need a telescope?
submit your images
back to
Page 1 | Page 2 | Page 3 | Page 4 | Page 5 | Page 6 | Page 7 | Page 8 | Page 9 | Page 10 | This is page 11 | Page 12 | Page 13 | Page 14 | Page 15 | Page 16 | Page 17 | Page 18 | Page 19 | Page 20 | Page 21 | Page 22 | Page 23
  Summary: Comet McNaught swung by the Sun in mid-January 2007. Fierce solar heat turned it into the brightest comet in 40 years; for a few days it was actually visible in broad daylight! When McNaught emerged from the sun's glare into the skies of the Southern Hemisphere, the tail alone stopped traffic and was mistaken for a brush fire, an explosion, a mysterious cloud and probably many other things never reported. For photographers, it was the photo-op of a lifetime. Now Comet NcNaught is receding into the outer solar system never to return -- only the pictures remain. Enjoy the gallery!
  Photographer, Location Images Comments

Kevin Crause,
Mossel Bay, Western Cape, South Africa
Jan. 17, 2007
#1, #2

An incredible naked-eye object last night (17-01-07). First night the comet was visible here due to cloud cover.

Photo details: Nikon D2X, 120mm lens, f/5.3, 9sec, ISO 200

Daniel Laszlo,
North of Wellington Colorado USA
Jan. 17, 2007
#1, more

NOTE: While the comet is in the southern hemisphere, the comet's tail is so long it can be seen half a world away--in the northern hemisphere. This report comes from Colorado:

Paul Robinson reported spotting the tail on Jan 16 west of Boulder CO. As he described, the multiple streamers looked like faint auroral rays. 10 degrees was the maximum length I saw for the brightest streamer in 10x40 binoculars. Brightest star in the image is Enif, and Delphinus is near the lower right.

Photo details: Canon 20D, ISO 1600, f/4, 17mm lens, 20 seconds. Taken at 0038 UT on Jan 18 2007, 1838 MST on Jan 17.

The tail was visible in binoculars about when Venus set. Suggestion: Find the darkest western sky you can, and look at latest by an hour after sunset. A site with zodiacal light visible would be best. Cheers, Dan Laszlo, Northern Colorado Astronomical Society.

Hannes Pieterse,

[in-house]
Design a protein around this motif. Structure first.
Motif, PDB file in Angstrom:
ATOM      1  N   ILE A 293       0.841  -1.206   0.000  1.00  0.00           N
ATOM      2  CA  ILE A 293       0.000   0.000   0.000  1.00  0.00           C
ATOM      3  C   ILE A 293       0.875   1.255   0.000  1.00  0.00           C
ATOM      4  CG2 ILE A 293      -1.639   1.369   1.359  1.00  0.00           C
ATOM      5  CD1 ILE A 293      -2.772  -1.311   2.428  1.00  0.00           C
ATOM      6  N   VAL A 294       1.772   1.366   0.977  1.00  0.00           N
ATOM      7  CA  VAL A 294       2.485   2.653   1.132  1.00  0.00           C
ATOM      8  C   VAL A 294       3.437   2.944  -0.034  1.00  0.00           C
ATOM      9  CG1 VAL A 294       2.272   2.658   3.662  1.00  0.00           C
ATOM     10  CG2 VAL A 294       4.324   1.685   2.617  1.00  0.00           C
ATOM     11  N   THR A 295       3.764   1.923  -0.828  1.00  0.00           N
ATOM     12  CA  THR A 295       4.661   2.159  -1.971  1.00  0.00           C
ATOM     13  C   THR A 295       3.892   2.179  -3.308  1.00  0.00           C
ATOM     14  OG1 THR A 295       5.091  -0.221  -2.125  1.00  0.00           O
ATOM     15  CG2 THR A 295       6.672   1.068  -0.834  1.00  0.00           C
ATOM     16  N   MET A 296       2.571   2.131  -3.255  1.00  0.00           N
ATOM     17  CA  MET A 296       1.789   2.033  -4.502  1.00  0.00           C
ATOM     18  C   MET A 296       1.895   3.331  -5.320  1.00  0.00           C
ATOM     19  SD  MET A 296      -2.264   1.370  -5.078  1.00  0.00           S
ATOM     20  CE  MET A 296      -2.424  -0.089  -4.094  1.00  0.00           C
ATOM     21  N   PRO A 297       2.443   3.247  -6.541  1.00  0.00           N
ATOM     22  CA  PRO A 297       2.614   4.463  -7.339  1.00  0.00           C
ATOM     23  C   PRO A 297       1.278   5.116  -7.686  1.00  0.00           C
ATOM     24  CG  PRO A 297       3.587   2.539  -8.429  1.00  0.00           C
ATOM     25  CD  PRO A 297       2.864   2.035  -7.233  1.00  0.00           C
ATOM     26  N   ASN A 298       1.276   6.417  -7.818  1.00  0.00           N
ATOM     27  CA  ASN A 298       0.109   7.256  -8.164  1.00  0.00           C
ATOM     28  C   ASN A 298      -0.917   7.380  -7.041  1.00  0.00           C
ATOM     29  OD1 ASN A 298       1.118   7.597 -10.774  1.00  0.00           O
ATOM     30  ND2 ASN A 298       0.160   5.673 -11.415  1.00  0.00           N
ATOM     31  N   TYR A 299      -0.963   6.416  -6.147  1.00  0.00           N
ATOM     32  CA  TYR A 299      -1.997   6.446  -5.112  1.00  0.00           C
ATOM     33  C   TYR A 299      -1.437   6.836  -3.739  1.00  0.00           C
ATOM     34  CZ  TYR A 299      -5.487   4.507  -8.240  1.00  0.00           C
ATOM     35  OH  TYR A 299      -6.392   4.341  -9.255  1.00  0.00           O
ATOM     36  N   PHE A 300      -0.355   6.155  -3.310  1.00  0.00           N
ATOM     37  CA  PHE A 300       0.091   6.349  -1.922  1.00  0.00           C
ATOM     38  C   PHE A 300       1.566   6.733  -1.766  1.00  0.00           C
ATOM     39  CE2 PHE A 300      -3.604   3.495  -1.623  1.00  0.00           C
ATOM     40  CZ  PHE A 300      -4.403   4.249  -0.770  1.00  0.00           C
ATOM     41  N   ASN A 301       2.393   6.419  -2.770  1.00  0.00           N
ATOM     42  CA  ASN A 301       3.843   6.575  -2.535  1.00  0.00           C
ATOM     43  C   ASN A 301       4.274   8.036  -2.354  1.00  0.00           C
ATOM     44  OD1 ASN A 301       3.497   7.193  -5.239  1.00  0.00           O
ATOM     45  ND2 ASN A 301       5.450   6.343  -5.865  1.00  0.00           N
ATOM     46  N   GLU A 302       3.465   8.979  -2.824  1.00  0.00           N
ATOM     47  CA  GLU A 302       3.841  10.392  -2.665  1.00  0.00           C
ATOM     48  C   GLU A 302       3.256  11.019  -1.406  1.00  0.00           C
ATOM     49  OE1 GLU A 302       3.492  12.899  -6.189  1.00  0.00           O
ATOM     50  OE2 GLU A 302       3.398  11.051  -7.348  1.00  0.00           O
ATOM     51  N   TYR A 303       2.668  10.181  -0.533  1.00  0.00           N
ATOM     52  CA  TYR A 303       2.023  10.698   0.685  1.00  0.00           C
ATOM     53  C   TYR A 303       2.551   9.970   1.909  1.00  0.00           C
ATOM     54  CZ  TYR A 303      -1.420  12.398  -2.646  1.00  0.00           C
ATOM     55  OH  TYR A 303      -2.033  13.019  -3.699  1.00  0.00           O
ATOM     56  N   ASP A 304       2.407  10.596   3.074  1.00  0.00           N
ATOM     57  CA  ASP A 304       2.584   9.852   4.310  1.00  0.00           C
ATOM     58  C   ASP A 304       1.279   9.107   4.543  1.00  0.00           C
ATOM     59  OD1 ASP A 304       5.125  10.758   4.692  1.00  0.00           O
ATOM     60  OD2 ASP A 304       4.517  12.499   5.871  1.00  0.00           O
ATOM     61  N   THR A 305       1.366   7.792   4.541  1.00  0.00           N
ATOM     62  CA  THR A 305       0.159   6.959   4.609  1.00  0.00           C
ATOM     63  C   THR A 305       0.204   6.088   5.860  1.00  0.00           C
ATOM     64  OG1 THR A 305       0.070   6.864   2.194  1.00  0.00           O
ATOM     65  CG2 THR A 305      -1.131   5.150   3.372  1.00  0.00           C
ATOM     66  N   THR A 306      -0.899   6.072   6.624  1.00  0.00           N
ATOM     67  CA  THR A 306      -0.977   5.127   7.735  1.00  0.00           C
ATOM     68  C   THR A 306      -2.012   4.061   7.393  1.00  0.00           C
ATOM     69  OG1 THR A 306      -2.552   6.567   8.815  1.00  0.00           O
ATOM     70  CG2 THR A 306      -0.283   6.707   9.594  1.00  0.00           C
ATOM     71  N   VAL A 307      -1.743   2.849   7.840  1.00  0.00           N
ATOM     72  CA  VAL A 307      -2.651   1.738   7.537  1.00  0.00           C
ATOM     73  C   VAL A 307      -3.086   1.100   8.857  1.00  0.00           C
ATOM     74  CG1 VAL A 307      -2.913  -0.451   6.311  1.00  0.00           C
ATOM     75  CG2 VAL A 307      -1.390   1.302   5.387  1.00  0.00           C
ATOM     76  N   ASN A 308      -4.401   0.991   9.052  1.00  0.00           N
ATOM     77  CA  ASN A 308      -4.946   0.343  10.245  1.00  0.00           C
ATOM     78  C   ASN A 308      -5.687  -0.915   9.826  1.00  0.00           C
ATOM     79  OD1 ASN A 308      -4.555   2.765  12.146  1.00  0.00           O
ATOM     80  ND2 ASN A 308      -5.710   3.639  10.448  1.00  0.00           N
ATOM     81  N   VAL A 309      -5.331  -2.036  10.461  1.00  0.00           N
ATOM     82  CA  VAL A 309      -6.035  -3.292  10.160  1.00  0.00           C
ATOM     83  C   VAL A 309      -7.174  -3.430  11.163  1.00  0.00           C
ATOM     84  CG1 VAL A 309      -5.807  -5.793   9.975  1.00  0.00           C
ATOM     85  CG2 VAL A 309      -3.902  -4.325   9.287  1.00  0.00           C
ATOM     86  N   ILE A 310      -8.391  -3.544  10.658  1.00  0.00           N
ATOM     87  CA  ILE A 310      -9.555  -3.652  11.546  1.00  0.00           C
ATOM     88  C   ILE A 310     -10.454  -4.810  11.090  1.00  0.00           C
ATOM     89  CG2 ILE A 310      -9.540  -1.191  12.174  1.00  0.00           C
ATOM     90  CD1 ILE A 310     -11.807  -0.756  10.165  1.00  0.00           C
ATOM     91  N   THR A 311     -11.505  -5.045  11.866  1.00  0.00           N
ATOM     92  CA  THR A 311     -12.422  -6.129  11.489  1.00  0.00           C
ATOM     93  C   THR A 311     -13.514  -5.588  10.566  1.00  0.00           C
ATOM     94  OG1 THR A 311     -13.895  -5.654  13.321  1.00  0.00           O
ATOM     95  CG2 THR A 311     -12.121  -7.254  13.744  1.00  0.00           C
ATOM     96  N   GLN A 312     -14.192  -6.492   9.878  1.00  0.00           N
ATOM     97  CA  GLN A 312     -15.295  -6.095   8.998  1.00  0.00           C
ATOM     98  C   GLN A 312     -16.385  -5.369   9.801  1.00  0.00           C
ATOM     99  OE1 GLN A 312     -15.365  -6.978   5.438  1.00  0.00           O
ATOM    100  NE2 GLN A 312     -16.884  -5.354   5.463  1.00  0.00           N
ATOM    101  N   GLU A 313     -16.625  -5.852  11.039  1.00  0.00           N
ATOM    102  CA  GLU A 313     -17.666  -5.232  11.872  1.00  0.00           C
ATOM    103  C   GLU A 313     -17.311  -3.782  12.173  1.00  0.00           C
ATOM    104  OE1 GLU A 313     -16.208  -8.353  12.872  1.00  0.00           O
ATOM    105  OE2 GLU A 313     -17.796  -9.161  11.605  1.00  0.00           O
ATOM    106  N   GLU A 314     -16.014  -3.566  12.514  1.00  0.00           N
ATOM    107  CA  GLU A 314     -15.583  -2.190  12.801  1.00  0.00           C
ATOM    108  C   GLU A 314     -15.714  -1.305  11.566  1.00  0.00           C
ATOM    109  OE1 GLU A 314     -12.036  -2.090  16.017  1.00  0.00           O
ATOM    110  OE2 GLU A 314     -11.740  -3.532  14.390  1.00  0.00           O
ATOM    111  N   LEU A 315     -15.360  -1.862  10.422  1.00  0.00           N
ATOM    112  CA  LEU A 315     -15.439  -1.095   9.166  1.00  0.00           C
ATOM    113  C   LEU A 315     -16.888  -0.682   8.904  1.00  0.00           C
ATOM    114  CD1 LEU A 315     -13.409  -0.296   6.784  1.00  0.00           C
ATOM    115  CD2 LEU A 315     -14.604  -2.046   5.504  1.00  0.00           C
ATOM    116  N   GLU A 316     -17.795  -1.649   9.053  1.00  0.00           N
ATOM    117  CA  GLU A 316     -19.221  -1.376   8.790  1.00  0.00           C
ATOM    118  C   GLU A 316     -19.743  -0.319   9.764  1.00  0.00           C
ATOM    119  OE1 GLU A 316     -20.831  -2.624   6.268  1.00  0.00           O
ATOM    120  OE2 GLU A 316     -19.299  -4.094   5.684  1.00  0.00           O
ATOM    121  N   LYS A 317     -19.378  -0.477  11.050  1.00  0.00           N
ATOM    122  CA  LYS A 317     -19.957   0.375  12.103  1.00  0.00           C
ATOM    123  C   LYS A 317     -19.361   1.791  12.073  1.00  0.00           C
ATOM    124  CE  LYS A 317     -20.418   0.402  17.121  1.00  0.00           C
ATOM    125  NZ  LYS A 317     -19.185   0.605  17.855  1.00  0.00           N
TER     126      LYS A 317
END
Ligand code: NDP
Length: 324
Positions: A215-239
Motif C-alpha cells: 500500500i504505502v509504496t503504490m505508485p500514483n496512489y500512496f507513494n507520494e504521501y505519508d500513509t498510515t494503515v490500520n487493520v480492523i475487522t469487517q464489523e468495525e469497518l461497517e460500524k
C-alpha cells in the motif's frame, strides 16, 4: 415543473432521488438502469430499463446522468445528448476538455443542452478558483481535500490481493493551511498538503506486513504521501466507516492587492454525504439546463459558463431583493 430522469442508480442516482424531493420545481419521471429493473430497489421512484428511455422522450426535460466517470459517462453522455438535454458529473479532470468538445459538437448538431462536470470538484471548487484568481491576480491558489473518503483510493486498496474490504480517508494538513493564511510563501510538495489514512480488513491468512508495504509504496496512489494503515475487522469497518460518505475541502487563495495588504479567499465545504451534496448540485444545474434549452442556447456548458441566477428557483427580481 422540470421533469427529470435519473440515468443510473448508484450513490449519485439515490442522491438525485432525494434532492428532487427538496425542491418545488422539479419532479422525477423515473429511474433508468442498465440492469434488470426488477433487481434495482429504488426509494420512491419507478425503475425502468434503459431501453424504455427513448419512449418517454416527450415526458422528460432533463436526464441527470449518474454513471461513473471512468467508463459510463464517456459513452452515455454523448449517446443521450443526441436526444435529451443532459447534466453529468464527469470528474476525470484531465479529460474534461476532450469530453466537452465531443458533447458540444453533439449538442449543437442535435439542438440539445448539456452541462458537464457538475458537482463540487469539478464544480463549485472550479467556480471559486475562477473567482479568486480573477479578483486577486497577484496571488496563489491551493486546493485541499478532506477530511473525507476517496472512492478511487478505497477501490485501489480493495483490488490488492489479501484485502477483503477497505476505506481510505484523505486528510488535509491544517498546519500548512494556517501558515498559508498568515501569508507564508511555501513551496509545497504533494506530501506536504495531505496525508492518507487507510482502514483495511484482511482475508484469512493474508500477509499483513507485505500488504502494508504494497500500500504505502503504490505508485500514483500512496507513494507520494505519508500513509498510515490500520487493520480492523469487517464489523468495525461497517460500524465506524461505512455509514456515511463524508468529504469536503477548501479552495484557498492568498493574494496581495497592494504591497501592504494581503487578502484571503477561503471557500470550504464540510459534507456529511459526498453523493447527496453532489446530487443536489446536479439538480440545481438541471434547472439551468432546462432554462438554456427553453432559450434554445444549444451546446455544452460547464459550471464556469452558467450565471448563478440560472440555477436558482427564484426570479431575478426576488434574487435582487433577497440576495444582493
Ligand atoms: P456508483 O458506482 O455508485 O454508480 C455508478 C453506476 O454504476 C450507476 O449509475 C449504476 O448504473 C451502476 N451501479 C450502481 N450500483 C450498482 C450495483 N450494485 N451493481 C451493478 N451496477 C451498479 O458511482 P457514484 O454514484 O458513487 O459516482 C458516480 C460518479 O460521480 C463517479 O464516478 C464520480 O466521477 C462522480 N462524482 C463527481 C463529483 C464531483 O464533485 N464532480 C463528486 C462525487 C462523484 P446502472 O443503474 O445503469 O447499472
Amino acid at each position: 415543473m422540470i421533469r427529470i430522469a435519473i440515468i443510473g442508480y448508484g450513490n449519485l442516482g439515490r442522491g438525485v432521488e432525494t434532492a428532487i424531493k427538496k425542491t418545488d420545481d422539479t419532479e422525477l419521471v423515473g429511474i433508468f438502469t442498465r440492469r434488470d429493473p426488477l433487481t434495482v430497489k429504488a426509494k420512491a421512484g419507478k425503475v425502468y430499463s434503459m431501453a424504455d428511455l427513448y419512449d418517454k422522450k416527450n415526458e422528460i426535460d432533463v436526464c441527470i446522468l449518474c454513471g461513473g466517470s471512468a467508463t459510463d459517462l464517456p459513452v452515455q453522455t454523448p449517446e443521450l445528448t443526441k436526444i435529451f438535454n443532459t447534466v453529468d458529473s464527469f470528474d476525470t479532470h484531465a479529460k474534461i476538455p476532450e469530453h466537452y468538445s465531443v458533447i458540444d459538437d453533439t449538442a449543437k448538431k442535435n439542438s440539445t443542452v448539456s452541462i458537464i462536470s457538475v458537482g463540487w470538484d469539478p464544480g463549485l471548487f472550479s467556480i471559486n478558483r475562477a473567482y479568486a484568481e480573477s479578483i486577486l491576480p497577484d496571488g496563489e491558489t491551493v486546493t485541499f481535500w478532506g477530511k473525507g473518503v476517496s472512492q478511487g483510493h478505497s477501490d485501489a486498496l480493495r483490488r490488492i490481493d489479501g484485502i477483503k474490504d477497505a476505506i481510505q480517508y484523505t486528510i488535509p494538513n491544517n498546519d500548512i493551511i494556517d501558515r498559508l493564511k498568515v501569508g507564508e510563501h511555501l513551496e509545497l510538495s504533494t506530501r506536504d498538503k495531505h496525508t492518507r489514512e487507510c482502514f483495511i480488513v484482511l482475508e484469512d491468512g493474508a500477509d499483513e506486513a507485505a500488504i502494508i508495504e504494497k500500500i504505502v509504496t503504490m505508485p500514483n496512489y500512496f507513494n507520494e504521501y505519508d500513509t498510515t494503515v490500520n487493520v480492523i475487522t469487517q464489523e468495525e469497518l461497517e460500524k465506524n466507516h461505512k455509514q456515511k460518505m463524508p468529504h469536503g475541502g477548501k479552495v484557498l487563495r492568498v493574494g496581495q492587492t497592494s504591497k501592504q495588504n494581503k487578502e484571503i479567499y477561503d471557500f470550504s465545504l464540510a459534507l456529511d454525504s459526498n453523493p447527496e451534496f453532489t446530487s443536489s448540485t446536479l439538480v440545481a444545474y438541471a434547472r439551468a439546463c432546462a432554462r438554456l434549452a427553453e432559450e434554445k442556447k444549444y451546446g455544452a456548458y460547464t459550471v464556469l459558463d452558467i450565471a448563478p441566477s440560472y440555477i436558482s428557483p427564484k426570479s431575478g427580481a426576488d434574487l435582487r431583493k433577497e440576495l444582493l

Bloemfontein, South Africa.
Jan. 16, 2007
#1, #2

Photo 1 Canon 30D & 75 - 300mm f5.6 Lens settting 300mm F8; Exposure: 2 sec 800 ISO; Tripod and shutter release A lot of dust in the atmosphere on the horizon Photo time: from 20:00 local time up 20:10

Photo 2 Canon 30D & 75 - 300mm lens, f/5.6, Lens settting: 205mm F8; Exposure: 1 sec 800 ISO; Tripod and shutter release A lot of dust in the atmosphere on the horizon Photo time: from 20:00 local time up 20:10

Guillermo Abramson,
Bariloche, Argentina
Jan. 16, 2007
#1, more

Comet McNaught is seen setting behind the Andes and the city of Bariloche. The magnificent skyline of Cerro Catedral adds its own beauty to the scene.

Kearn Jones,
Adelaide, Australia
Jan. 17, 2007
#1, #2

With these pics I have tried to approximate the wonderful natural vista that we had with the naked eye. Bush fire and summer hazes affected the view, as it did over much of southern Australia in recent times. Venus in the second shot makes a nice comparison as well.

Photo details: Canon 350D, 50mm lens, f/1.4.

Trevor Heath,
Levin, New Zealand.
Jan. 18, 2007

Comet became visible at 9.10pm with longer tail gradually appearing as time progressed.

Photo details: Canon 300D, 70-200mm Sigma EX lens + 2 x Sigma APO convertor. 100 ASA, 5s exposure @ f5.6 +2 compensation.

Noel Munford,
Levin, New Zealand overlooking Lake Horowhenua
Jan. 17, 2007

Photo details: Fuji S3, 70-200 zoom lens, Meade 1000mm f/10, 800 ISO, 2 sec.

Felipe Mac Auliffe,
San Pedro de Atacama, Chile
Jan. 17, 2007

Photo details: Sony CyberShot DSC-P200

Claudio Basualto Merino,
Isla Tenglo, Puerto Montt, Chile
Jan. 16, 2007

Photo details: Nikon D50, ISO 400, Shutter 4.5, F1/8

Keir Davis,
Homebush bay, Sydney, Australia
Jan. 16, 2007

I never imagined I'd see a comet so bright in my lifetime! Fantastic!

Photo details: Canon EOS 30D, 75-300mm zoom lens at f/5.6, 1.3 sec.

Ben and Vic Levis,
Lesmurdie, Western Australia
Jan. 17, 2007
#1, #2, #3

The comet was a stunning sight from the top of the Darling Range, Lesmurdie, overlooking the south of Perth City

Photo details: Canon EOS 1Ds MKII, 400mm f2.8L, 135mm f2L both with 2x tele-converter. Exposure range 1/30 to 3 seconds.

Trevor Rowland,
Hallett Cove Beach, South Australia
Jan. 17, 2007

Photo details: Panasonic FZ10, 100 ASA, 2.5 sec at F2.8 exposure.

more images: from Phil Guerney of Mt Keith, Western Australia, Australia; from Darryl Browning of Kalamunda, Western Australia; from Chris Gordon of New Plymouth, New Zealand; from Ross Wharton-Street at the War Memorial, in Fremantle, Western Australia; from Milton Maritz of Somerset West, South Africa; from Leon van der Walt of Capetown, South Africa; from Bryan Fleming of Narrogin Western Australia; from George Ionas of Foxton Beach, North Island, New Zealand; from Michael Warner of La Serena, Chile; from Chris Parker of Perth, Western Australia; from Juan Carlos Juele of Jose Ignacio, Maldonado, Uruguay; from Trevor Rowland of Hallett Cove Beach, South Australia; from Minoru Yoneto of Queenstown, New Zealand; from Luis Pimentel of Puente Alto, Santiago, Chile; from Roberto Riela of Montevideo - Uruguay;